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Good Forums?

by pileofrogs (Priest)
on Aug 20, 2008 at 18:57 UTC ( #705583=perlquestion: print w/ replies, xml ) Need Help??
pileofrogs has asked for the wisdom of the Perl Monks concerning the following question:

Perlmonks is possibly the best thing on the internet.

Perlmonks has smart people who really know their stuff and can answer just about any question.

I'm often disappointed that I've never found forums (fori?) of similar quality for other topics, EG Apache, Linux etc.. I'm sick of all those linux forums where 1000 people can tell you how to configure your 3D driver but no one can help you figure out how the file cache really works. (Because they're all gamers and none of them is a sysadmin.)

Are there other forums out there covering other topics that are as good as (or at least in the same league as) Perlmonks?

I know there are mailing lists, but I hate mailing lists. (I just started ranting about why, and then decided to spare you. If you actually want to know why, let me know).

Comment on Good Forums?
Re: Good Forums?
by bruno (Friar) on Aug 20, 2008 at 19:16 UTC
    If you actually want to know why, let me know

    Oh, please do tell us!

      Okay fella, you asked for it... but I'm putting it in a <readmore> because you're just screwing with me and no one actually cares why I hate mailing lists.

      --Pileofrogs

        I was most certainly not screwing with you. I admit though that the tone of my message was joyful.

        But I sympathize with you; I recently subscribed to the bioperl mailing list and it's just as you said. Conversations and topics are hard to follow, and there's no quick way to reply to someone (at least not for me). At first I thought that it was me that wasn't able to set up my filters properly, but reading your post made me realize that it actually IS less convenient than a regular forum for other people as well.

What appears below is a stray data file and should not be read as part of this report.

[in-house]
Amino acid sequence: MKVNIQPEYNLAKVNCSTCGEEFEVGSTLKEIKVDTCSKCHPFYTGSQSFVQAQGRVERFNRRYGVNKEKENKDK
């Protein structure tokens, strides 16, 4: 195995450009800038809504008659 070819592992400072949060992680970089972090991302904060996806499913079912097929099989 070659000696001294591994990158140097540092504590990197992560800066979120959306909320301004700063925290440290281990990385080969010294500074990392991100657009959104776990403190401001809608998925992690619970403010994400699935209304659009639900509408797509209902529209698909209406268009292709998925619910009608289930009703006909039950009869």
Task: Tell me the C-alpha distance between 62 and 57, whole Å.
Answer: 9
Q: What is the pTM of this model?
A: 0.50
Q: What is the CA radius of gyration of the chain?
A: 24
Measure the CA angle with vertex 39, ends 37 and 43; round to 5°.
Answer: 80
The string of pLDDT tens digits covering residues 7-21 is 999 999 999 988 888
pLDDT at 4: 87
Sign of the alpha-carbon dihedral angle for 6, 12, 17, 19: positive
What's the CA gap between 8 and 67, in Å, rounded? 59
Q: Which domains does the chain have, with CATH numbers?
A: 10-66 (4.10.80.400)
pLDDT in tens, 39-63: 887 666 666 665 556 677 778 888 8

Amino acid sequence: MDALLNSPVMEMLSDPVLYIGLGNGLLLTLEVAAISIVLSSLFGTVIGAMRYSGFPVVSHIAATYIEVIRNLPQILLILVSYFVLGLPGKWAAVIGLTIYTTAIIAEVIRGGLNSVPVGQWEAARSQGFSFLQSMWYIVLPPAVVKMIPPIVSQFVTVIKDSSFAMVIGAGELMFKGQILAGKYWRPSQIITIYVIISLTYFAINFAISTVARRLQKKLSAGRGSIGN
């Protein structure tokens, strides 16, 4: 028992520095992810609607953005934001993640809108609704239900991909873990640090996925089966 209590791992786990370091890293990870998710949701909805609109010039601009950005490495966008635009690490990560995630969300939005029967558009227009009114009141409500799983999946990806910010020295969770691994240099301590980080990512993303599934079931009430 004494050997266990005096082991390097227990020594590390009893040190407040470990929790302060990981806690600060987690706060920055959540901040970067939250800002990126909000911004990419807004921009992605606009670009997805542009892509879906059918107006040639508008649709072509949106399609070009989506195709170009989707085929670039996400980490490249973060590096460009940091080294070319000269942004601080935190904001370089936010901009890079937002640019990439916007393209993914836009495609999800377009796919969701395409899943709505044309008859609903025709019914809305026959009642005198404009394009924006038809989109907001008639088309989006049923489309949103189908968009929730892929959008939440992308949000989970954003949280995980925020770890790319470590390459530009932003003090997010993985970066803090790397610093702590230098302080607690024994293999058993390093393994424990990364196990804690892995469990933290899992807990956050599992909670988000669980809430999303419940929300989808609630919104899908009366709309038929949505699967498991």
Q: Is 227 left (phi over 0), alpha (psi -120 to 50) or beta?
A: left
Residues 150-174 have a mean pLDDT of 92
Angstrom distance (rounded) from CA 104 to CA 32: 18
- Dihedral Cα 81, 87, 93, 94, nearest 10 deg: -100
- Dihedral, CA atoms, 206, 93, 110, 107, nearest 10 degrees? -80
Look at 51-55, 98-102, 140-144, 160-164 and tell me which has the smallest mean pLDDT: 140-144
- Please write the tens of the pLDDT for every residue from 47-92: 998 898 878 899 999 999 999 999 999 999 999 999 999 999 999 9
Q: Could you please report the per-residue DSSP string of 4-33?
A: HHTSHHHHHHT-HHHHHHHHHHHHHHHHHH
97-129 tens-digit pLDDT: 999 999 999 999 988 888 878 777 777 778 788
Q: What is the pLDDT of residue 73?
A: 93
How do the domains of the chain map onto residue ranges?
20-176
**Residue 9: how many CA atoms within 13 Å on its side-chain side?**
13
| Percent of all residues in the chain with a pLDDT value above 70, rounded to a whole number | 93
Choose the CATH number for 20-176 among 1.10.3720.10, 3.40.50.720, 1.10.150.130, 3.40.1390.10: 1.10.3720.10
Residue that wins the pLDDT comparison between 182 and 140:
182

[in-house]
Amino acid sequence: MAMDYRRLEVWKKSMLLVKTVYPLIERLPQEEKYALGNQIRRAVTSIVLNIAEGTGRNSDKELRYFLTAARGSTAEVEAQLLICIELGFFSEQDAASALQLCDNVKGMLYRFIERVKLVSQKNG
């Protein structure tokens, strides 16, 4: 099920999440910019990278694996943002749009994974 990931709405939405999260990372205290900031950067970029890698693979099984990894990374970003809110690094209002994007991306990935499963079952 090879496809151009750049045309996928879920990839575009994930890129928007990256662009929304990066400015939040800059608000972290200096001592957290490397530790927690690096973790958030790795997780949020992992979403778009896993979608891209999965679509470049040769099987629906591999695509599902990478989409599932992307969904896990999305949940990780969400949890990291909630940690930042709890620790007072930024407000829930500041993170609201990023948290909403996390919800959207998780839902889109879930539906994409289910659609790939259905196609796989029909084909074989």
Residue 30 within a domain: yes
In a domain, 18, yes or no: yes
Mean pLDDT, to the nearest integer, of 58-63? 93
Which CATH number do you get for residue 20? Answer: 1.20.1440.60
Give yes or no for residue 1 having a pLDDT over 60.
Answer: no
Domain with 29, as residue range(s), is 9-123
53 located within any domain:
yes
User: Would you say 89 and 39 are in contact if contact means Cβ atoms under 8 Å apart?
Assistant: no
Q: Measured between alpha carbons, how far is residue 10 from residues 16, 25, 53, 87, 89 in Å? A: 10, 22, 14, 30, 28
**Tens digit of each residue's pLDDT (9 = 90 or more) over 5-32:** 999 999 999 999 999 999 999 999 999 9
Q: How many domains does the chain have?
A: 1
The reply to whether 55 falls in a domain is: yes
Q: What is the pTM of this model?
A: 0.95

You know, some of these issues can be solved by creating a gmail account that you use just for mailing lists. Lots of space, good threading, search is fast, easy to separate by list, and no danger to your regular mailbox.
        I care. It's always nice to read about amusing new ways in which people can be wrong :-)
          You can read and possibly even search mailing list archives OK, but if you want to ask a question or answer a question, you have to sign up for the list. Then you get all these emails from the list which are a pain. OK, you set up a filter and put them all in a nice little sub-folder, which you forget about until your mailbox is full. And it's a pain to search that sub-folder. And it's not easy to browse through the emails to find the ones you're interested in, like it's easy to browse around on a forum. And the data is organised chronologically rather than by topic (if you have a mail client that can sort by threads, it's a little better). ...